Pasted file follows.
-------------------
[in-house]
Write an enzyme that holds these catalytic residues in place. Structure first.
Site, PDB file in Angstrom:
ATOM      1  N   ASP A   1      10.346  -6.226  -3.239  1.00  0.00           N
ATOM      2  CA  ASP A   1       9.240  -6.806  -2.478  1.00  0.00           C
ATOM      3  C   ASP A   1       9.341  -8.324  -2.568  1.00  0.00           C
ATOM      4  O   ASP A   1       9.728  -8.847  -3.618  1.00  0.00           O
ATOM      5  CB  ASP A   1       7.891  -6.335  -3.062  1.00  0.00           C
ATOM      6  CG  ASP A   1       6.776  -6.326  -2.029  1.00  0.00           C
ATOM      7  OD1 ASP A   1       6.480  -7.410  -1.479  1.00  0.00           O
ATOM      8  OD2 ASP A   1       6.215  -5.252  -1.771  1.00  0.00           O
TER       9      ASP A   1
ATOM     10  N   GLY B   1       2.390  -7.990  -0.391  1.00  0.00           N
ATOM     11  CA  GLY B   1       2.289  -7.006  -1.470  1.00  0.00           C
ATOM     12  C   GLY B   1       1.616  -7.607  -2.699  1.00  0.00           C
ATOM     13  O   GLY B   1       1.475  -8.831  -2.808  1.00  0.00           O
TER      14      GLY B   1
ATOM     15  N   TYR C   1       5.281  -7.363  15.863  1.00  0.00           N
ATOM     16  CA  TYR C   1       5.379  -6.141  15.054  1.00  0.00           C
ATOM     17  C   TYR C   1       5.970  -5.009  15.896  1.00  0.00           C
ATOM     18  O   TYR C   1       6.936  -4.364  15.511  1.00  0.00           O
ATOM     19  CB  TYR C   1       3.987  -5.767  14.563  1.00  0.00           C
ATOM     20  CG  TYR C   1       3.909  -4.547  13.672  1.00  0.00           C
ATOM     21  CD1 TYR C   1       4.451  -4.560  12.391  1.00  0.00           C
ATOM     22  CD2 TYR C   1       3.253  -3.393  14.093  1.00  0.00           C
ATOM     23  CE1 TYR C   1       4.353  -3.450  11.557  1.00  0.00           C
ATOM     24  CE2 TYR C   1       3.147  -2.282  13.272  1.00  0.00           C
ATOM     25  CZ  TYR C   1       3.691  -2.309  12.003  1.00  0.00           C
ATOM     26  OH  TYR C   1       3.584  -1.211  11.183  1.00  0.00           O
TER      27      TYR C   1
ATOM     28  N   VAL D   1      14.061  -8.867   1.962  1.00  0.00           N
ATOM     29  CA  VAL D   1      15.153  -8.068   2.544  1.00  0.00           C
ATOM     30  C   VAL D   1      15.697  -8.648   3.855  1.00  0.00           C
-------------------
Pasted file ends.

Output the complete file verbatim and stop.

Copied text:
[in-house]
Write an enzyme that holds these catalytic residues in place. Structure first.
Site, PDB file in Angstrom:
ATOM      1  N   ASP A   1      10.346  -6.226  -3.239  1.00  0.00           N
ATOM      2  CA  ASP A   1       9.240  -6.806  -2.478  1.00  0.00           C
ATOM      3  C   ASP A   1       9.341  -8.324  -2.568  1.00  0.00           C
ATOM      4  O   ASP A   1       9.728  -8.847  -3.618  1.00  0.00           O
ATOM      5  CB  ASP A   1       7.891  -6.335  -3.062  1.00  0.00           C
ATOM      6  CG  ASP A   1       6.776  -6.326  -2.029  1.00  0.00           C
ATOM      7  OD1 ASP A   1       6.480  -7.410  -1.479  1.00  0.00           O
ATOM      8  OD2 ASP A   1       6.215  -5.252  -1.771  1.00  0.00           O
TER       9      ASP A   1
ATOM     10  N   GLY B   1       2.390  -7.990  -0.391  1.00  0.00           N
ATOM     11  CA  GLY B   1       2.289  -7.006  -1.470  1.00  0.00           C
ATOM     12  C   GLY B   1       1.616  -7.607  -2.699  1.00  0.00           C
ATOM     13  O   GLY B   1       1.475  -8.831  -2.808  1.00  0.00           O
TER      14      GLY B   1
ATOM     15  N   TYR C   1       5.281  -7.363  15.863  1.00  0.00           N
ATOM     16  CA  TYR C   1       5.379  -6.141  15.054  1.00  0.00           C
ATOM     17  C   TYR C   1       5.970  -5.009  15.896  1.00  0.00           C
ATOM     18  O   TYR C   1       6.936  -4.364  15.511  1.00  0.00           O
ATOM     19  CB  TYR C   1       3.987  -5.767  14.563  1.00  0.00           C
ATOM     20  CG  TYR C   1       3.909  -4.547  13.672  1.00  0.00           C
ATOM     21  CD1 TYR C   1       4.451  -4.560  12.391  1.00  0.00           C
ATOM     22  CD2 TYR C   1       3.253  -3.393  14.093  1.00  0.00           C
ATOM     23  CE1 TYR C   1       4.353  -3.450  11.557  1.00  0.00           C
ATOM     24  CE2 TYR C   1       3.147  -2.282  13.272  1.00  0.00           C
ATOM     25  CZ  TYR C   1       3.691  -2.309  12.003  1.00  0.00           C
ATOM     26  OH  TYR C   1       3.584  -1.211  11.183  1.00  0.00           O
TER      27      TYR C   1
ATOM     28  N   VAL D   1      14.061  -8.867   1.962  1.00  0.00           N
ATOM     29  CA  VAL D   1      15.153  -8.068   2.544  1.00  0.00           C
ATOM     30  C   VAL D   1      15.697  -8.648   3.855  1.00  0.00           C